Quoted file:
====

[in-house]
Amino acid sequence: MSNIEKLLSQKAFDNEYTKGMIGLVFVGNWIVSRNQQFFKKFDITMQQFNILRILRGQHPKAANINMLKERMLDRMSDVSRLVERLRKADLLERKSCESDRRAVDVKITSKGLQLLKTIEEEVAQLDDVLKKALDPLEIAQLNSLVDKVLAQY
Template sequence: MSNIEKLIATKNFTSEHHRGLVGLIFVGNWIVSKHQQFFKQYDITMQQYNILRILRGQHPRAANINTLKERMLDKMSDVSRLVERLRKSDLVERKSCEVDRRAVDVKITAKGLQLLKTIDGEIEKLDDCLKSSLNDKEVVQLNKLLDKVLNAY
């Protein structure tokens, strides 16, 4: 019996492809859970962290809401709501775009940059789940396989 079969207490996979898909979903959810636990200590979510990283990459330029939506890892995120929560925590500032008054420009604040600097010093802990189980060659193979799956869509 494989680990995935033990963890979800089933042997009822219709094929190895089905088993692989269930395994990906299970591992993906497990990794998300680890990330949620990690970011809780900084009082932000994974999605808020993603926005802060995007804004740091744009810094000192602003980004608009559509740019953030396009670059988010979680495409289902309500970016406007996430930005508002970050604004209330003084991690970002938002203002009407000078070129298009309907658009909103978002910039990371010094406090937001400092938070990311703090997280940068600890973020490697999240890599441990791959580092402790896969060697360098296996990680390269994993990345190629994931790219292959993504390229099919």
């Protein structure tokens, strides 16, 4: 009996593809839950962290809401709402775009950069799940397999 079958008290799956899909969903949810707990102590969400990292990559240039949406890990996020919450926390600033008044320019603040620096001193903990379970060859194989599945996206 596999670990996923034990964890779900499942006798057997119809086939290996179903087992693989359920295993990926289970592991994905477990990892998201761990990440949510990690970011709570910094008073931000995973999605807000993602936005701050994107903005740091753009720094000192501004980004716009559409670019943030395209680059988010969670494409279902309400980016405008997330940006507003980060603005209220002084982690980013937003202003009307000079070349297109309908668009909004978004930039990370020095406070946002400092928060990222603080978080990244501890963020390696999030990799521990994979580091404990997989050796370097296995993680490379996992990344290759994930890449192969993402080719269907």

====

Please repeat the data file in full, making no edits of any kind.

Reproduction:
[in-house]
Amino acid sequence: MSNIEKLLSQKAFDNEYTKGMIGLVFVGNWIVSRNQQFFKKFDITMQQFNILRILRGQHPKAANINMLKERMLDRMSDVSRLVERLRKADLLERKSCESDRRAVDVKITSKGLQLLKTIEEEVAQLDDVLKKALDPLEIAQLNSLVDKVLAQY
Template sequence: MSNIEKLIATKNFTSEHHRGLVGLIFVGNWIVSKHQQFFKQYDITMQQYNILRILRGQHPRAANINTLKERMLDKMSDVSRLVERLRKSDLVERKSCEVDRRAVDVKITAKGLQLLKTIDGEIEKLDDCLKSSLNDKEVVQLNKLLDKVLNAY
């Protein structure tokens, strides 16, 4: 019996492809859970962290809401709501775009940059789940396989 079969207490996979898909979903959810636990200590979510990283990459330029939506890892995120929560925590500032008054420009604040600097010093802990189980060659193979799956869509 494989680990995935033990963890979800089933042997009822219709094929190895089905088993692989269930395994990906299970591992993906497990990794998300680890990330949620990690970011809780900084009082932000994974999605808020993603926005802060995007804004740091744009810094000192602003980004608009559509740019953030396009670059988010979680495409289902309500970016406007996430930005508002970050604004209330003084991690970002938002203002009407000078070129298009309907658009909103978002910039990371010094406090937001400092938070990311703090997280940068600890973020490697999240890599441990791959580092402790896969060697360098296996990680390269994993990345190629994931790219292959993504390229099919």
């Protein structure tokens, strides 16, 4: 009996593809839950962290809401709402775009950069799940397999 079958008290799956899909969903949810707990102590969400990292990559240039949406890990996020919450926390600033008044320019603040620096001193903990379970060859194989599945996206 596999670990996923034990964890779900499942006798057997119809086939290996179903087992693989359920295993990926289970592991994905477990990892998201761990990440949510990690970011709570910094008073931000995973999605807000993602936005701050994107903005740091753009720094000192501004980004716009559409670019943030395209680059988010969670494409279902309400980016405008997330940006507003980060603005209220002084982690980013937003202003009307000079070349297109309908668009909004978004930039990370020095406070946002400092928060990222603080978080990244501890963020390696999030990799521990994979580091404990997989050796370097296995993680490379996992990344290759994930890449192969993402080719269907």